It is common to find local
sendmail(1)-compatible Mail Transport Agent on workstations, usually configured as nullmailer (relay-only) to a remote submission agent. However finding a local IMAP server seems less common. Instead a typical desktop Mail User Agent implements the full mail stack, from storage to rendering/edition, via custom caching, threading, searching, and notification mechanisms.
I will argue for local IMAP servers in order to reduce latency and enable offline mode with thin clients: such a client conforms to the UNIX philosophy as it takes care of rendering and nothing else, and relies on the underlying IMAP server for searches, sorting/threading, notification as well as storage (including caching). Such solution is fully compositional as it relies on documented protocols (namely IMAP4rev1 and its extensions) for the gluing part.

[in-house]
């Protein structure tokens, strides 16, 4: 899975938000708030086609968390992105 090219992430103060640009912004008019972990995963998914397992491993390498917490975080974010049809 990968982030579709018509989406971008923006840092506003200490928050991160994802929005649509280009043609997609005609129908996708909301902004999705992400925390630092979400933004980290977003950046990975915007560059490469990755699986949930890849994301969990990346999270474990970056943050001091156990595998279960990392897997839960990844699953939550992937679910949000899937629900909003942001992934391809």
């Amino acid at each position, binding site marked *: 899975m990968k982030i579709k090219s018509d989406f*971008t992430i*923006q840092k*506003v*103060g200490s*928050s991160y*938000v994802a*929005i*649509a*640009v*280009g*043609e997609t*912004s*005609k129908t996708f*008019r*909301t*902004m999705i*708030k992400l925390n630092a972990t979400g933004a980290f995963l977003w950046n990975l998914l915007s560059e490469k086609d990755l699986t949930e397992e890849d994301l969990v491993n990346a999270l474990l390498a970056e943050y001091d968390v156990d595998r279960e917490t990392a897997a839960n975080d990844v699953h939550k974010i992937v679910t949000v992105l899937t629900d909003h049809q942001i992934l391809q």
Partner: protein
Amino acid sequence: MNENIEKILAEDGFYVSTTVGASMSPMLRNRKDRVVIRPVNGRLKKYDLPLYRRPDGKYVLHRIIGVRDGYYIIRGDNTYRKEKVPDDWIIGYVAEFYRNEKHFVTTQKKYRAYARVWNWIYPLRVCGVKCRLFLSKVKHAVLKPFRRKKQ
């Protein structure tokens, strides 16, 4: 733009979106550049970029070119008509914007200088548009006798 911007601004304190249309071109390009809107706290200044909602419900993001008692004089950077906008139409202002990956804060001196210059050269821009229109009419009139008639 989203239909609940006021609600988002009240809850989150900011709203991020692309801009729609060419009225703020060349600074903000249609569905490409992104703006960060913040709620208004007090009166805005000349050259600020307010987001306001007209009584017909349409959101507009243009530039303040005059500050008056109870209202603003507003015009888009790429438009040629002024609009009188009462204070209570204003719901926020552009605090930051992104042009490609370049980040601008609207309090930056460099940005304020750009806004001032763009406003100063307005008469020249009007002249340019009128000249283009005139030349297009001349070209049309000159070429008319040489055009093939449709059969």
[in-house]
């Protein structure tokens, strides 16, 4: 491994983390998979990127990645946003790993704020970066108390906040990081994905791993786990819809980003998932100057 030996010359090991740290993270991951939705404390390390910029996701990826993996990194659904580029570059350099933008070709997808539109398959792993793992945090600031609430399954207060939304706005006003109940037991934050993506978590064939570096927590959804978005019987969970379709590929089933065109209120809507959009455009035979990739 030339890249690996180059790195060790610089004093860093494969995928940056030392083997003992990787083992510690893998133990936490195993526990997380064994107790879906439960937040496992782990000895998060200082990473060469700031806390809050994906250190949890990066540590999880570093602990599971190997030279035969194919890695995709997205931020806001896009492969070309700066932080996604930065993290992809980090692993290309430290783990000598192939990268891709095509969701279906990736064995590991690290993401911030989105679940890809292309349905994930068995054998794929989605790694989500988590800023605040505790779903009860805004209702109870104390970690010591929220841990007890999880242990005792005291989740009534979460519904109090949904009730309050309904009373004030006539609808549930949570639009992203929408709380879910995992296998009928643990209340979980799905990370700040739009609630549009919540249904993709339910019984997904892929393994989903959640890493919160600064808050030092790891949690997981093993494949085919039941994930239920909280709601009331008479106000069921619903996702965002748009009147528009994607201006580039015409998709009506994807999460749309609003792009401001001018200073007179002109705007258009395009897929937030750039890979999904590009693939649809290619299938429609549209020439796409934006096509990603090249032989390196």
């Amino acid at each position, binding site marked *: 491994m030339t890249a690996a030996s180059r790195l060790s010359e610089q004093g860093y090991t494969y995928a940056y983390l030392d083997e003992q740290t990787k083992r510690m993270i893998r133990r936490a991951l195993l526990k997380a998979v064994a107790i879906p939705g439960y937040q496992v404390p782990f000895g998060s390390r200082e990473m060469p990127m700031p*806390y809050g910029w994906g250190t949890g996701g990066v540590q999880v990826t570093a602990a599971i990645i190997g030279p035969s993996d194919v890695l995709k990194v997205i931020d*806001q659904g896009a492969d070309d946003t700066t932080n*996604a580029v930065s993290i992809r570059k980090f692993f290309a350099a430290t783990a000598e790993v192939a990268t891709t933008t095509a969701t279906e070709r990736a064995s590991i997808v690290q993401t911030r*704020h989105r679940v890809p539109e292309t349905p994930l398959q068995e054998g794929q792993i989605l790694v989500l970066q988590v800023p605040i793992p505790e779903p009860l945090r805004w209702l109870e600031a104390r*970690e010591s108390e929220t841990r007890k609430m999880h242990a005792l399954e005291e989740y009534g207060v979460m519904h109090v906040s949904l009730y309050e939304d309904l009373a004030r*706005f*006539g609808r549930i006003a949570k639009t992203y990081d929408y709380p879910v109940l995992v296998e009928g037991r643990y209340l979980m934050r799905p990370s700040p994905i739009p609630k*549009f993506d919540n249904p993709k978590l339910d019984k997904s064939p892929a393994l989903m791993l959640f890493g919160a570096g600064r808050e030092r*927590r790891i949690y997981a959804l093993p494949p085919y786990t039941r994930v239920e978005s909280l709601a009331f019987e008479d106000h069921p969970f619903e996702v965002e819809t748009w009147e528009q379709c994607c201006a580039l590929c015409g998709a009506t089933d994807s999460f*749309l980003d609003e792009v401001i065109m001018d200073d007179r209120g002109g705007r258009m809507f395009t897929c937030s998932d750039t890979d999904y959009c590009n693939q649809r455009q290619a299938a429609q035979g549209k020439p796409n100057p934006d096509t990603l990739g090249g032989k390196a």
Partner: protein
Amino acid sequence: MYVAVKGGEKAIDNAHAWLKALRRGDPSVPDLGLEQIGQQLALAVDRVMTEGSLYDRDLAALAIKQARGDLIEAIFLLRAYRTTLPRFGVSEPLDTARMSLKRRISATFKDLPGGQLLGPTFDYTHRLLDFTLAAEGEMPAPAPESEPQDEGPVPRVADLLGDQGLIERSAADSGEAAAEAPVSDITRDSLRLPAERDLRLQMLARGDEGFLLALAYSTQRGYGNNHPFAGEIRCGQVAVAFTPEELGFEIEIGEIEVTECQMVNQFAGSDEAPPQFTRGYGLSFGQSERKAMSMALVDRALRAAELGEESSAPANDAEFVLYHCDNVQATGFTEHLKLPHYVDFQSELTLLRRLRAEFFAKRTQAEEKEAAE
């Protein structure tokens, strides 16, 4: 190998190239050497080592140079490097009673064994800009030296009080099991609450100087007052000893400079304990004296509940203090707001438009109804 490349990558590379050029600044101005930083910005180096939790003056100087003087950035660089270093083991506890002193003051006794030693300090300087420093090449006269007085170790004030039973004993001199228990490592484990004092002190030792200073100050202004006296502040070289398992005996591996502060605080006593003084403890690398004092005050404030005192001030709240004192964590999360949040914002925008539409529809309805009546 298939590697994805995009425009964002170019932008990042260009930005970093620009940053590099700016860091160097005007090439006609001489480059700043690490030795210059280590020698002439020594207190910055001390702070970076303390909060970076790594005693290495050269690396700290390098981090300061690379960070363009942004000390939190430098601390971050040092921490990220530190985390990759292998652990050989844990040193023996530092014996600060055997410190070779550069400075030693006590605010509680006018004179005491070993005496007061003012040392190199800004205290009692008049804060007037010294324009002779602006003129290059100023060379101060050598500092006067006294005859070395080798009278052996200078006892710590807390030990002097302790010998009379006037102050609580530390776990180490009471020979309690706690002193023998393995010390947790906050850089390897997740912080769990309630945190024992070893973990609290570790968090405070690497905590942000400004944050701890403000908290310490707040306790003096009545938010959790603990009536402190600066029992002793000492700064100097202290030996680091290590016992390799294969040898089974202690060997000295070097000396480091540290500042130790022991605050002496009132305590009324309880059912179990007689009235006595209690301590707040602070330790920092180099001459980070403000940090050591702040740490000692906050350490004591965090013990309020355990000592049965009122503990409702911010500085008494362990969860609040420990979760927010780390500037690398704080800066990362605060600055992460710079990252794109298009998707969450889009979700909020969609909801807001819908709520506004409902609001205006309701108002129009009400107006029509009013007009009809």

That leaves the problem of synchronization between multiple devices (and/or IMAP accounts), in arbitrary topologies. There again IMAP comes to the rescue with its QRESYNC extension, which enables stateful and efficient bi-directional synchronization between two IMAP4rev1 servers. I will briefly present such a synchronization program, InterIMAP, and show a few benchmark metrics to justify its presence in the ecosystem and compare with so-called “full” synchronization solutions.